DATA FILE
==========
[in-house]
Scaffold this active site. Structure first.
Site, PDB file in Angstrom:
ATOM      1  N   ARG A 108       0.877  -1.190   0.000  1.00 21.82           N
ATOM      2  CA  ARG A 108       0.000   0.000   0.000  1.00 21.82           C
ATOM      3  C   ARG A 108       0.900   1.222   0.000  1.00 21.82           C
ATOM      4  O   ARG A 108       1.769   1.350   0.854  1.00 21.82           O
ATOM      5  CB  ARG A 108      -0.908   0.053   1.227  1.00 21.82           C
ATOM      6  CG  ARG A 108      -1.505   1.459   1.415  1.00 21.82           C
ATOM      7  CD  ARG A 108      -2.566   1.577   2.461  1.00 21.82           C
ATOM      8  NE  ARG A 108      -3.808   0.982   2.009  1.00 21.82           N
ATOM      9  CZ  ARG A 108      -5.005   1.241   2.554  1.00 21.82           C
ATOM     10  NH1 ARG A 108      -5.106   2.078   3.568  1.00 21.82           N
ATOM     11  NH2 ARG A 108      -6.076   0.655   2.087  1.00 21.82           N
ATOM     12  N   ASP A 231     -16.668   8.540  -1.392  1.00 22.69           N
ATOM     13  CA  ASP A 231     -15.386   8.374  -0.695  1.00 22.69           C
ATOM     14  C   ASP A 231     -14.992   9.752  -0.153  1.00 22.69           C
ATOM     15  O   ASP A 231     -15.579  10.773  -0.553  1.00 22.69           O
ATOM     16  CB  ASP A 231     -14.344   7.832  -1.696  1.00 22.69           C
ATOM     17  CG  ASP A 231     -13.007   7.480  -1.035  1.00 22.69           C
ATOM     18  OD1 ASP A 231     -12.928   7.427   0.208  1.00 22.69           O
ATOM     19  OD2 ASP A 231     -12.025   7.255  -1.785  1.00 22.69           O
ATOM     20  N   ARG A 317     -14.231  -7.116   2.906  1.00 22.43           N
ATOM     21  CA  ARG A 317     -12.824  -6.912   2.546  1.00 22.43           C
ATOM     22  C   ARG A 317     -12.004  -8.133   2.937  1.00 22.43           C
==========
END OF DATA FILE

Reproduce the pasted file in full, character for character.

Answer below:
[in-house]
Scaffold this active site. Structure first.
Site, PDB file in Angstrom:
ATOM      1  N   ARG A 108       0.877  -1.190   0.000  1.00 21.82           N
ATOM      2  CA  ARG A 108       0.000   0.000   0.000  1.00 21.82           C
ATOM      3  C   ARG A 108       0.900   1.222   0.000  1.00 21.82           C
ATOM      4  O   ARG A 108       1.769   1.350   0.854  1.00 21.82           O
ATOM      5  CB  ARG A 108      -0.908   0.053   1.227  1.00 21.82           C
ATOM      6  CG  ARG A 108      -1.505   1.459   1.415  1.00 21.82           C
ATOM      7  CD  ARG A 108      -2.566   1.577   2.461  1.00 21.82           C
ATOM      8  NE  ARG A 108      -3.808   0.982   2.009  1.00 21.82           N
ATOM      9  CZ  ARG A 108      -5.005   1.241   2.554  1.00 21.82           C
ATOM     10  NH1 ARG A 108      -5.106   2.078   3.568  1.00 21.82           N
ATOM     11  NH2 ARG A 108      -6.076   0.655   2.087  1.00 21.82           N
ATOM     12  N   ASP A 231     -16.668   8.540  -1.392  1.00 22.69           N
ATOM     13  CA  ASP A 231     -15.386   8.374  -0.695  1.00 22.69           C
ATOM     14  C   ASP A 231     -14.992   9.752  -0.153  1.00 22.69           C
ATOM     15  O   ASP A 231     -15.579  10.773  -0.553  1.00 22.69           O
ATOM     16  CB  ASP A 231     -14.344   7.832  -1.696  1.00 22.69           C
ATOM     17  CG  ASP A 231     -13.007   7.480  -1.035  1.00 22.69           C
ATOM     18  OD1 ASP A 231     -12.928   7.427   0.208  1.00 22.69           O
ATOM     19  OD2 ASP A 231     -12.025   7.255  -1.785  1.00 22.69           O
ATOM     20  N   ARG A 317     -14.231  -7.116   2.906  1.00 22.43           N
ATOM     21  CA  ARG A 317     -12.824  -6.912   2.546  1.00 22.43           C
ATOM     22  C   ARG A 317     -12.004  -8.133   2.937  1.00 22.43           C